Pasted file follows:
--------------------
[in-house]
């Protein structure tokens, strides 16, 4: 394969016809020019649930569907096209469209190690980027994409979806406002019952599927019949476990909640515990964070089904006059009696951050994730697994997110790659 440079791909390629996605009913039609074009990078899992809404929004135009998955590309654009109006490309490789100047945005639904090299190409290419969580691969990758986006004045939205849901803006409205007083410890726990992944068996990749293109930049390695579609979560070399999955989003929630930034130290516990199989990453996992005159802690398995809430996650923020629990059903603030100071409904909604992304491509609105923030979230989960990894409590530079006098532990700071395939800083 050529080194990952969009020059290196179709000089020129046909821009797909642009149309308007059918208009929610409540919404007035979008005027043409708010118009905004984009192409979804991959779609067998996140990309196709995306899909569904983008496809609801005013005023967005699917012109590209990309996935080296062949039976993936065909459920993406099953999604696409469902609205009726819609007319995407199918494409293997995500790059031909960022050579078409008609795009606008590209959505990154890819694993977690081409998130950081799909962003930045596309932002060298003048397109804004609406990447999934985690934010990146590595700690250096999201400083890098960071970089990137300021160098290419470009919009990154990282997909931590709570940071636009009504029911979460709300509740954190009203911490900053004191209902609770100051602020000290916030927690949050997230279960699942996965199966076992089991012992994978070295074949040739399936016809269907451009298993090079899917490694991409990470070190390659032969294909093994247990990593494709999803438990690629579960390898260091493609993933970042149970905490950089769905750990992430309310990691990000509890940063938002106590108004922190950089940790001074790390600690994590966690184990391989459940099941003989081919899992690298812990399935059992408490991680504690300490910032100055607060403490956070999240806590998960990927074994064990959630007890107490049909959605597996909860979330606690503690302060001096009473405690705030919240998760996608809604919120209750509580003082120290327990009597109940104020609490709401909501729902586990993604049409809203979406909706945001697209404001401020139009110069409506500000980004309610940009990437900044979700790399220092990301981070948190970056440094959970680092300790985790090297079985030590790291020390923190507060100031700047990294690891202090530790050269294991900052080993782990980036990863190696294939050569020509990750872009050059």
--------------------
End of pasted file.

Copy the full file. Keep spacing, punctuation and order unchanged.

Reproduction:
[in-house]
């Protein structure tokens, strides 16, 4: 394969016809020019649930569907096209469209190690980027994409979806406002019952599927019949476990909640515990964070089904006059009696951050994730697994997110790659 440079791909390629996605009913039609074009990078899992809404929004135009998955590309654009109006490309490789100047945005639904090299190409290419969580691969990758986006004045939205849901803006409205007083410890726990992944068996990749293109930049390695579609979560070399999955989003929630930034130290516990199989990453996992005159802690398995809430996650923020629990059903603030100071409904909604992304491509609105923030979230989960990894409590530079006098532990700071395939800083 050529080194990952969009020059290196179709000089020129046909821009797909642009149309308007059918208009929610409540919404007035979008005027043409708010118009905004984009192409979804991959779609067998996140990309196709995306899909569904983008496809609801005013005023967005699917012109590209990309996935080296062949039976993936065909459920993406099953999604696409469902609205009726819609007319995407199918494409293997995500790059031909960022050579078409008609795009606008590209959505990154890819694993977690081409998130950081799909962003930045596309932002060298003048397109804004609406990447999934985690934010990146590595700690250096999201400083890098960071970089990137300021160098290419470009919009990154990282997909931590709570940071636009009504029911979460709300509740954190009203911490900053004191209902609770100051602020000290916030927690949050997230279960699942996965199966076992089991012992994978070295074949040739399936016809269907451009298993090079899917490694991409990470070190390659032969294909093994247990990593494709999803438990690629579960390898260091493609993933970042149970905490950089769905750990992430309310990691990000509890940063938002106590108004922190950089940790001074790390600690994590966690184990391989459940099941003989081919899992690298812990399935059992408490991680504690300490910032100055607060403490956070999240806590998960990927074994064990959630007890107490049909959605597996909860979330606690503690302060001096009473405690705030919240998760996608809604919120209750509580003082120290327990009597109940104020609490709401909501729902586990993604049409809203979406909706945001697209404001401020139009110069409506500000980004309610940009990437900044979700790399220092990301981070948190970056440094959970680092300790985790090297079985030590790291020390923190507060100031700047990294690891202090530790050269294991900052080993782990980036990863190696294939050569020509990750872009050059």